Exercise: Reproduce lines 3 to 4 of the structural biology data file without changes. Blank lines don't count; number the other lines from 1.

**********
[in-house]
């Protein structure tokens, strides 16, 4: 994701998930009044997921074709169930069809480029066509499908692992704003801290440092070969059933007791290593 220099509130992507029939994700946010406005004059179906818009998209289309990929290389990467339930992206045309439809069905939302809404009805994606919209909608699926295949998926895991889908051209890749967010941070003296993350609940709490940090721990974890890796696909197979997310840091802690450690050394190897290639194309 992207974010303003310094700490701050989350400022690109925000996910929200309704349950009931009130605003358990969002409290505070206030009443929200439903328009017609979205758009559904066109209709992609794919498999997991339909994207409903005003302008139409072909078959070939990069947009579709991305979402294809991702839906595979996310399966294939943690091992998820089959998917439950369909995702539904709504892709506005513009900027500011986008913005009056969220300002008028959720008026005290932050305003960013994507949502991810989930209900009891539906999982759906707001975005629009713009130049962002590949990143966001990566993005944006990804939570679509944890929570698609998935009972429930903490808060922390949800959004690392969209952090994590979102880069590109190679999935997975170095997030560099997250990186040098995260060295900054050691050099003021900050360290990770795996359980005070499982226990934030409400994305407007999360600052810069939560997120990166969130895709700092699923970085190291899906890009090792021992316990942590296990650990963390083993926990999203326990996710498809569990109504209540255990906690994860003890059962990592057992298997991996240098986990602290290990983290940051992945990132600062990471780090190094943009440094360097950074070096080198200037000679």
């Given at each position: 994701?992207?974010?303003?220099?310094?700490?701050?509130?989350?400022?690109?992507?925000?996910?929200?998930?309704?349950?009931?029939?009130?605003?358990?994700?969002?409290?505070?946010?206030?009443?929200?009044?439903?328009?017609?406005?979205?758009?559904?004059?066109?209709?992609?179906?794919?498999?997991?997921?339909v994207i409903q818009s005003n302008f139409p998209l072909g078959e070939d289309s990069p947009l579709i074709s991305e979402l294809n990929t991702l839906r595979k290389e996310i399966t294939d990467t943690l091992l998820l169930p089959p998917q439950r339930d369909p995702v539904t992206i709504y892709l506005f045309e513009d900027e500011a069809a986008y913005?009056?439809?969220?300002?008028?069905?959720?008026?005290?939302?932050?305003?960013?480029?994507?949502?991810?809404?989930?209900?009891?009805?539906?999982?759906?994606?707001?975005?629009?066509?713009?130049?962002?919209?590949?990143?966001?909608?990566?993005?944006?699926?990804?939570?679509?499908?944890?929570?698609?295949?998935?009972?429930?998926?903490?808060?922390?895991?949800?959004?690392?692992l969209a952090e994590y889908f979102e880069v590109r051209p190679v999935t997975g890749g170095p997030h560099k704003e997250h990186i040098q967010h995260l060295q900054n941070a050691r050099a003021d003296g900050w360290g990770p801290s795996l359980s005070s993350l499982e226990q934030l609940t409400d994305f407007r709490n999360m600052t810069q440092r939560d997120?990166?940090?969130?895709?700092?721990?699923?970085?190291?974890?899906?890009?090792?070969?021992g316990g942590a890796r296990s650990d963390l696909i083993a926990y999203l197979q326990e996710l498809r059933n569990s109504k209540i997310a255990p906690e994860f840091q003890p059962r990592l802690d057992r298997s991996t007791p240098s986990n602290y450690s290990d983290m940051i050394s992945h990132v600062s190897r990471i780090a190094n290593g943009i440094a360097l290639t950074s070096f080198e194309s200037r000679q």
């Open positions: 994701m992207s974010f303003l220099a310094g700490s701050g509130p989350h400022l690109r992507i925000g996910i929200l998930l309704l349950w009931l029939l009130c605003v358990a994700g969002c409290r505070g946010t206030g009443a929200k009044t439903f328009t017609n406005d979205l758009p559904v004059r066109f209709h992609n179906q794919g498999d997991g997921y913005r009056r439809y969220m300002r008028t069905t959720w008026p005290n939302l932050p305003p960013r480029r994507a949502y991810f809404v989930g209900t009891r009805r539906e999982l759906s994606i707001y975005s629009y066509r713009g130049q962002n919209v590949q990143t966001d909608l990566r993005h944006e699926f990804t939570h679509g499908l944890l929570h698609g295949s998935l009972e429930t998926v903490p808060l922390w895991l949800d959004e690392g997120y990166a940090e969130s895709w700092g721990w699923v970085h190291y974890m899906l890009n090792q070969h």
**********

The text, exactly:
């Given at each position: 994701?992207?974010?303003?220099?310094?700490?701050?509130?989350?400022?690109?992507?925000?996910?929200?998930?309704?349950?009931?029939?009130?605003?358990?994700?969002?409290?505070?946010?206030?009443?929200?009044?439903?328009?017609?406005?979205?758009?559904?004059?066109?209709?992609?179906?794919?498999?997991?997921?339909v994207i409903q818009s005003n302008f139409p998209l072909g078959e070939d289309s990069p947009l579709i074709s991305e979402l294809n990929t991702l839906r595979k290389e996310i399966t294939d990467t943690l091992l998820l169930p089959p998917q439950r339930d369909p995702v539904t992206i709504y892709l506005f045309e513009d900027e500011a069809a986008y913005?009056?439809?969220?300002?008028?069905?959720?008026?005290?939302?932050?305003?960013?480029?994507?949502?991810?809404?989930?209900?009891?009805?539906?999982?759906?994606?707001?975005?629009?066509?713009?130049?962002?919209?590949?990143?966001?909608?990566?993005?944006?699926?990804?939570?679509?499908?944890?929570?698609?295949?998935?009972?429930?998926?903490?808060?922390?895991?949800?959004?690392?692992l969209a952090e994590y889908f979102e880069v590109r051209p190679v999935t997975g890749g170095p997030h560099k704003e997250h990186i040098q967010h995260l060295q900054n941070a050691r050099a003021d003296g900050w360290g990770p801290s795996l359980s005070s993350l499982e226990q934030l609940t409400d994305f407007r709490n999360m600052t810069q440092r939560d997120?990166?940090?969130?895709?700092?721990?699923?970085?190291?974890?899906?890009?090792?070969?021992g316990g942590a890796r296990s650990d963390l696909i083993a926990y999203l197979q326990e996710l498809r059933n569990s109504k209540i997310a255990p906690e994860f840091q003890p059962r990592l802690d057992r298997s991996t007791p240098s986990n602290y450690s290990d983290m940051i050394s992945h990132v600062s190897r990471i780090a190094n290593g943009i440094a360097l290639t950074s070096f080198e194309s200037r000679q």
């Open positions: 994701m992207s974010f303003l220099a310094g700490s701050g509130p989350h400022l690109r992507i925000g996910i929200l998930l309704l349950w009931l029939l009130c605003v358990a994700g969002c409290r505070g946010t206030g009443a929200k009044t439903f328009t017609n406005d979205l758009p559904v004059r066109f209709h992609n179906q794919g498999d997991g997921y913005r009056r439809y969220m300002r008028t069905t959720w008026p005290n939302l932050p305003p960013r480029r994507a949502y991810f809404v989930g209900t009891r009805r539906e999982l759906s994606i707001y975005s629009y066509r713009g130049q962002n919209v590949q990143t966001d909608l990566r993005h944006e699926f990804t939570h679509g499908l944890l929570h698609g295949s998935l009972e429930t998926v903490p808060l922390w895991l949800d959004e690392g997120y990166a940090e969130s895709w700092g721990w699923v970085h190291y974890m899906l890009n090792q070969h």